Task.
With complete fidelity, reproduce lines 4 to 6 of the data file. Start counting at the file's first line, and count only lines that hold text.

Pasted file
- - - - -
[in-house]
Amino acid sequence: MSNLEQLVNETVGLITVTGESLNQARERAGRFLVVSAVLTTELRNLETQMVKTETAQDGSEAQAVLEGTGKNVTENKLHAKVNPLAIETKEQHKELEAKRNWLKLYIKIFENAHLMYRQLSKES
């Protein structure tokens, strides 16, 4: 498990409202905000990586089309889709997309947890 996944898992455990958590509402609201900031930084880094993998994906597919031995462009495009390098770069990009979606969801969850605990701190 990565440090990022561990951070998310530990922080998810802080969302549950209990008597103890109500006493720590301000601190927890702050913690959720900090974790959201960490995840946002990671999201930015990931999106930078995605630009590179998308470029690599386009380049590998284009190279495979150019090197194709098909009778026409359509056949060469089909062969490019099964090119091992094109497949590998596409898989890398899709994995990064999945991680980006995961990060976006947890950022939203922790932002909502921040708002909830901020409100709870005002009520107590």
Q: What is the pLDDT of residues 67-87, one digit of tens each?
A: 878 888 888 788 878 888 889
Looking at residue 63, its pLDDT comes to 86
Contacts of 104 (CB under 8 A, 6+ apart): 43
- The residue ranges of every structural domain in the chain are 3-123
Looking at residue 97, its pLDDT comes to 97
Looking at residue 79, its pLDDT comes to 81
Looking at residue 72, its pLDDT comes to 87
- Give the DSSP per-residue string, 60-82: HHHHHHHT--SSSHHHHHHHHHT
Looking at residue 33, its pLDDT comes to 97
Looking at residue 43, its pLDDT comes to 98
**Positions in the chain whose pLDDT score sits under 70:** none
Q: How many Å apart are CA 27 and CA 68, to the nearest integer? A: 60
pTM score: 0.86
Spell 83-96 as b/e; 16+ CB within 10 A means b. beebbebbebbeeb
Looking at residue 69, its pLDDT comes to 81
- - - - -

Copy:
Q: What is the pLDDT of residues 67-87, one digit of tens each?
A: 878 888 888 788 878 888 889
Looking at residue 63, its pLDDT comes to 86